Most ATM users head to the nearest machine for one purpose only: to withdraw cash. They go through the motions of inserting their debit cards, typing in a pin and selecting the amount of money they need. Once the bills are dispensed, they head off.
But one man drove up to his local ATM only to find the normal process was out of whack: money was already waiting for him in the machine. Some may have driven off with the unclaimed $500, but he decided to take the only logical course of action.
On November 11, 2015, Bobby Puryear of Modesto, California, headed to his local drive-through ATM, likely expecting a quick in-and-out trip. But when he put his card in the machine, he saw something out of the ordinary.
Puryear wrote in a Facebook post the day after the incident, “I noticed where the money comes out of that there was [already] money in it.” He took the cash from the machine, but he didn’t drive away with a free gift like some people might.
Instead, he counted the money and realized it was a larger-than-usual amount of cash to be withdrawing: $500 in total. Then he drove his car around to the bank, got out of his car and went inside with the wad of bills.
When it was Puryear’s turn to speak to the teller, he explained what had happened before giving her the money he had found. Puryear wrote in his Facebook post, “She wouldn’t take it.” She called over her manager, who had a similar reaction.
Puryear wrote, “He said, ‘What do you expect me to do with it?’” The good Samaritan suggested that the bank staff check and see who had used the ATM before Puryear. Perhaps withdrawal records would show whose account had been reduced by $500.
It turned out that Puryear’s plan of action was completely plausible. It took the bank just one day to find the person whose money he had found. They called him to let him know that they had located her – and she was on the line to express her gratitude.
The woman on the phone was named Edith, according to Puryear. She told him that she was 92 years old and had gone to the ATM to withdraw the cash she needed to pay her rent. The $500 he found would pay the $480 sum she owed her landlord.
Surprisingly, that wasn’t all: the $500 was all the money she had saved in her account and $480 of it would go to rent. And to thank Puryear properly, Edith said she wanted to give him the $20 left over after she paid her rent.
That was all the cash she had to get through the rest of the month though, and Puryear knew it. He turned down her offer quickly and graciously. “I told her absolutely not and to have a great day,” he wrote.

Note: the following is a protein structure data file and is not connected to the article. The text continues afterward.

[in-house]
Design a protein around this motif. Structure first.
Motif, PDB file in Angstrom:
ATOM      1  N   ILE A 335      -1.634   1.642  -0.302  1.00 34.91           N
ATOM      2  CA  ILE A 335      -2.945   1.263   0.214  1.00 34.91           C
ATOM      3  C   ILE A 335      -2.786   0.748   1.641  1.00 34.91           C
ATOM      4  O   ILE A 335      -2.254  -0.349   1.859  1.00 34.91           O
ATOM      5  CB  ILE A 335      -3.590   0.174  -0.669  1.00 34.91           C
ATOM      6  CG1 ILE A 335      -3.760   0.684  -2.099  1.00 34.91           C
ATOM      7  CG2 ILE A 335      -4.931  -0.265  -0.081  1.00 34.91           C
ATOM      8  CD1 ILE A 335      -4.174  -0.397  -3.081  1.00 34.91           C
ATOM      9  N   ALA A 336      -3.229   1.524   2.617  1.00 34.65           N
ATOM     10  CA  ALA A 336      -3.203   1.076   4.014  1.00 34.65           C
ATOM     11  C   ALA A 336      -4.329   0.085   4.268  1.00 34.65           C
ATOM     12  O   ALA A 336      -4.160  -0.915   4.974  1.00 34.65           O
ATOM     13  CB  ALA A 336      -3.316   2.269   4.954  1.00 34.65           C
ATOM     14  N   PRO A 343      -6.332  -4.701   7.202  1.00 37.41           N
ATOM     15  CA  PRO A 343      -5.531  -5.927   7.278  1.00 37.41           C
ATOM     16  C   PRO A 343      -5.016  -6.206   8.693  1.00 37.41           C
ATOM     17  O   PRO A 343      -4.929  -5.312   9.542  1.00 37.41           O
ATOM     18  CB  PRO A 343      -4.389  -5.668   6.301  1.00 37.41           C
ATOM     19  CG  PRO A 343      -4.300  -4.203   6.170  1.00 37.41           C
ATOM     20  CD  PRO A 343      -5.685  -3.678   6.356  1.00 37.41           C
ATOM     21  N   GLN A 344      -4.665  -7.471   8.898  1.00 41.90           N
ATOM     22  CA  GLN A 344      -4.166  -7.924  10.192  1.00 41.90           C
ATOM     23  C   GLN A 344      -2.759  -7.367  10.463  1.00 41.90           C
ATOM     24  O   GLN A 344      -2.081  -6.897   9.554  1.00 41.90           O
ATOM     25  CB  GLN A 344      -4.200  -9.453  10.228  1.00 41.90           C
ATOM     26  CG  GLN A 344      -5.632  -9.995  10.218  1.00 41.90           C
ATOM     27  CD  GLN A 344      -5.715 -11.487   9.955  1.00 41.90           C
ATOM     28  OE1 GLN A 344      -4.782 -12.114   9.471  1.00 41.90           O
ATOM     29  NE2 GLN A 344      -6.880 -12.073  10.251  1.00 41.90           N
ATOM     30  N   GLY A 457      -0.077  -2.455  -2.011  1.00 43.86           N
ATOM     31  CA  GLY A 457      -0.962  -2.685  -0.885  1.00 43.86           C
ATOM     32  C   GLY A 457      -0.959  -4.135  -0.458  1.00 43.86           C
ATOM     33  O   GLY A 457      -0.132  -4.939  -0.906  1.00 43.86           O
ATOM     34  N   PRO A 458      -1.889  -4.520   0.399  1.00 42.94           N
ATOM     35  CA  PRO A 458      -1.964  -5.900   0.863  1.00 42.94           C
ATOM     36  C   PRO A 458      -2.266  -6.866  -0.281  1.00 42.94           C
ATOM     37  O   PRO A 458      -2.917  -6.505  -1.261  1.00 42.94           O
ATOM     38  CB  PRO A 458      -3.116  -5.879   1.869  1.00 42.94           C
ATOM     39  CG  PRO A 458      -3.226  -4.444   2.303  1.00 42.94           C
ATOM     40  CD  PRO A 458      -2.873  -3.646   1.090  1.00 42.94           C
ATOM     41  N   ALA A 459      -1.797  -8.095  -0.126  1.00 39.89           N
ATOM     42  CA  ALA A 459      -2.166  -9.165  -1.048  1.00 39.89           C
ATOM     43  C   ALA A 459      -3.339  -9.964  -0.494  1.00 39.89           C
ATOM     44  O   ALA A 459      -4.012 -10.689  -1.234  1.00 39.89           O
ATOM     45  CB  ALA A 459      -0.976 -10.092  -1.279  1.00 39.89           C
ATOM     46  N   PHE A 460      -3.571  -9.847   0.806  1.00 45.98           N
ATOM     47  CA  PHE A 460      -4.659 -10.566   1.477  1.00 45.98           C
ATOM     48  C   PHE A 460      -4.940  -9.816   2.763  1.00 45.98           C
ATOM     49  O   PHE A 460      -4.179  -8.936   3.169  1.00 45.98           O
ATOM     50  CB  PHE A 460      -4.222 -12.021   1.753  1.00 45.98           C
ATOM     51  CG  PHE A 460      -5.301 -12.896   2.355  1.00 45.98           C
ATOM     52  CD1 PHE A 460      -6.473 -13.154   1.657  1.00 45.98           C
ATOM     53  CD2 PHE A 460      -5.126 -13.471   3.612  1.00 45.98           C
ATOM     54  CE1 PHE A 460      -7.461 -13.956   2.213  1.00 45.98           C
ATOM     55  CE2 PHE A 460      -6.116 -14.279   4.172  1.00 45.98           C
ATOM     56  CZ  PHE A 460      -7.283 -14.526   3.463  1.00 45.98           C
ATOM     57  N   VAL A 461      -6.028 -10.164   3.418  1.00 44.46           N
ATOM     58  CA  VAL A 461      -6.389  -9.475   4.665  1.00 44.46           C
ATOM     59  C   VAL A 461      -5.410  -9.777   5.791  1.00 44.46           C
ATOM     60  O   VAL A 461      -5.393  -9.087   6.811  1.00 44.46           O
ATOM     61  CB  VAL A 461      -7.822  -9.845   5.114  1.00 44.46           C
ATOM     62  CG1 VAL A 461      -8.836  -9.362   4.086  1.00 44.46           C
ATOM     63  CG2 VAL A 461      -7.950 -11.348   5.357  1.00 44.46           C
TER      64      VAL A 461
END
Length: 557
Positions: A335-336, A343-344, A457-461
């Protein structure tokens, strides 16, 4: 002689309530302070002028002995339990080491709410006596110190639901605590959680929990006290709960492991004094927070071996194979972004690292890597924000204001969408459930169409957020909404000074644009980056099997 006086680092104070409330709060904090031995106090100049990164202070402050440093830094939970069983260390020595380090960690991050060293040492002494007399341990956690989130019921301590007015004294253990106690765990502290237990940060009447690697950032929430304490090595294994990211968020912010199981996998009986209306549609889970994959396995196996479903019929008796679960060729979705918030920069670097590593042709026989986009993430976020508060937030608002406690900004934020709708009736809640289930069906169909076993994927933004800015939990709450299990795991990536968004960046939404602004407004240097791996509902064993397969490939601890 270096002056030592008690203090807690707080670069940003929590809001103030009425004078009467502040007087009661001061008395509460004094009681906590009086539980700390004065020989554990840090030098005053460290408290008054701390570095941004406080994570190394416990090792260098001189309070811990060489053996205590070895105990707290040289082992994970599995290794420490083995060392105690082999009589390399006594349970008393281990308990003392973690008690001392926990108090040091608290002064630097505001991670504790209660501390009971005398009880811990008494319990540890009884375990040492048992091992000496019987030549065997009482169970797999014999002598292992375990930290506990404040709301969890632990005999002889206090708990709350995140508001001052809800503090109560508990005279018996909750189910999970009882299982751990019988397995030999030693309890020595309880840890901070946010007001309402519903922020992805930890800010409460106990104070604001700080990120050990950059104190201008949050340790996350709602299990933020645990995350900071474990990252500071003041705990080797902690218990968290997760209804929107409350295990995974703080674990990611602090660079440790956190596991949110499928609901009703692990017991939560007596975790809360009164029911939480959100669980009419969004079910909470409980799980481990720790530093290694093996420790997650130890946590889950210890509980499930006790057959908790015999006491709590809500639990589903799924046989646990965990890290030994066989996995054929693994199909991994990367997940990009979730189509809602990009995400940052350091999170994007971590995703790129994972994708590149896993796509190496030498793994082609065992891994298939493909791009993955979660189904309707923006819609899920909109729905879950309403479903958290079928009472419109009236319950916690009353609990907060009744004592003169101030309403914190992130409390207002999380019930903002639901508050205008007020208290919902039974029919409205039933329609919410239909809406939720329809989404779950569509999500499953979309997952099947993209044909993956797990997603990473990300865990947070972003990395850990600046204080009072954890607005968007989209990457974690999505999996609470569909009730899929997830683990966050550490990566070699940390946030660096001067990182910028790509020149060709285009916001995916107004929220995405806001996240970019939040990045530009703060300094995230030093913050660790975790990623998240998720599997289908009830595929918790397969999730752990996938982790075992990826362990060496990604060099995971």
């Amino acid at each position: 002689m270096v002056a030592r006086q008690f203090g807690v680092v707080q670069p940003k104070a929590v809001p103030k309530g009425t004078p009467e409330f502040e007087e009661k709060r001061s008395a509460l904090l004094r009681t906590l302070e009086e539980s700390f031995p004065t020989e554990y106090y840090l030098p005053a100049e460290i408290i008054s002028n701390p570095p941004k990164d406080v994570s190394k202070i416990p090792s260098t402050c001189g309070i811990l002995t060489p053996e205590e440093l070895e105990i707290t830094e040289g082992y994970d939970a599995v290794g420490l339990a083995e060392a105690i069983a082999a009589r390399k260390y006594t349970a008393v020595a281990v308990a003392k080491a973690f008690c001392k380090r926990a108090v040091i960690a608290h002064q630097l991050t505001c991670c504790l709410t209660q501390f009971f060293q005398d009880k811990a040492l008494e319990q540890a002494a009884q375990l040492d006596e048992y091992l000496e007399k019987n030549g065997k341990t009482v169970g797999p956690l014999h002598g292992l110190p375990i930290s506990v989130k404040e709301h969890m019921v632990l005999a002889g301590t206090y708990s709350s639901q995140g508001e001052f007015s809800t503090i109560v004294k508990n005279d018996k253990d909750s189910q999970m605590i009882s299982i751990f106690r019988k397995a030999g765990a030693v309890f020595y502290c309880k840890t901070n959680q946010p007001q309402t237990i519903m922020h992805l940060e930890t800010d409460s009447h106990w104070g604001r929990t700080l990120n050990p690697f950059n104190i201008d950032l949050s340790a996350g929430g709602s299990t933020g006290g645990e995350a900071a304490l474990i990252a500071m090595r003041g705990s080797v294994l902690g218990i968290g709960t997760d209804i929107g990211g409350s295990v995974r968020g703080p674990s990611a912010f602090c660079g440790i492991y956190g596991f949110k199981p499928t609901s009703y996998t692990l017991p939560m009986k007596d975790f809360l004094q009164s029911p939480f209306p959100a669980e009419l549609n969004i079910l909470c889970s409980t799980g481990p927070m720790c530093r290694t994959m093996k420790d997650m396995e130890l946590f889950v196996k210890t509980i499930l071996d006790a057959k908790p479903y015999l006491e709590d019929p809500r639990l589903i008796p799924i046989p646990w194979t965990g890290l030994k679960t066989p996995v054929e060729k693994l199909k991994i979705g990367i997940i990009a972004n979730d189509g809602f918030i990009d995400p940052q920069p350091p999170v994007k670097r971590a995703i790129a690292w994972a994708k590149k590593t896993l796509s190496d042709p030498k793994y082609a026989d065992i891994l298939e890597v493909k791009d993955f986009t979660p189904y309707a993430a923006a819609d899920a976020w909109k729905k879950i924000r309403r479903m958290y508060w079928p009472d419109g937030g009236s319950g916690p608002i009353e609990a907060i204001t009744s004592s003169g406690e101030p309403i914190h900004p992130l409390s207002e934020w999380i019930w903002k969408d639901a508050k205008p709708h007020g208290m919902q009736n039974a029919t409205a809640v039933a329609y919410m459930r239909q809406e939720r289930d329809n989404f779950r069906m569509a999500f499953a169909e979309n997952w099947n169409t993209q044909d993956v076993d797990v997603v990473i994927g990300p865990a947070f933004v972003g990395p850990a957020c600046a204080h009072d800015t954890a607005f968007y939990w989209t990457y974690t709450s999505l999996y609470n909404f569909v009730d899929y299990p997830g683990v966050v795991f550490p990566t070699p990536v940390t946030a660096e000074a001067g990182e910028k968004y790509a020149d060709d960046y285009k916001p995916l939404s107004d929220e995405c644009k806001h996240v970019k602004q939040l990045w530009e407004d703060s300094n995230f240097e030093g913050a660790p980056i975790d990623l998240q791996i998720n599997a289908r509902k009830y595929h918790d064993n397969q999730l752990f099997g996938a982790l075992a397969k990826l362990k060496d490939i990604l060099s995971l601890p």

After that, Puryear hung up the phone, but he couldn’t stop thinking about the woman with whom he had just had a conversation. Even though she got her $500 back, she would only have $20 to get her through until the next month.
Eventually, he decided to stop worrying about her financial situation and do something about it. He called the bank again, but this time he put in a different request: he wanted to transfer money from one account to another.
Puryear had the bank move $200 from his account to Edith’s, an action he likely thought was the end of the exchange with the elderly woman. But he soon found out that his kindness had an impact on the bank’s employees – and they took action too.
Immediately upon hearing that Puryear gave the old woman $200, one bank employee transferred $100 of his own money into Edith’s account. She went from a balance of zero to a healthy $300. It wouldn’t end there either.
The bank’s team of tellers then held a fundraiser of their own. Among themselves, they gathered another $300 to transfer into Edith’s account too. Altogether, Puryear and the branch’s staff sent $600 to her, just hours after she had spoken on the phone with both parties.
The donation undoubtedly made the 92-year-old’s day, but also warmed Puryear’s heart. He wrote, “Today was a good day. Merry Christmas a little early, Edith.” The Facebook post in which he shared his story eventually touched a huge amount of readers too.
Since sharing his story on November 12, 2015, Puryear’s post has been shared almost 178,000 times. It has garnered 127 Facebook reactions, including “like” and “love,” and it has more than 60 comments, many of which praised Puryear’s efforts.
But no one could sum up the moral of the story quite like Puryear himself, who added a comment later to his original post. He said, “I think we all just need to help each other. If everybody would help each other, we wouldn’t have all the hate and problems we have now.”
He went on to encourage others to pay it forward like he had – doing so had quite a few benefits, according to Puryear. He wrote, “Just be kind and help one another. It’s not hard and it’s very rewarding and it just makes you feel good.”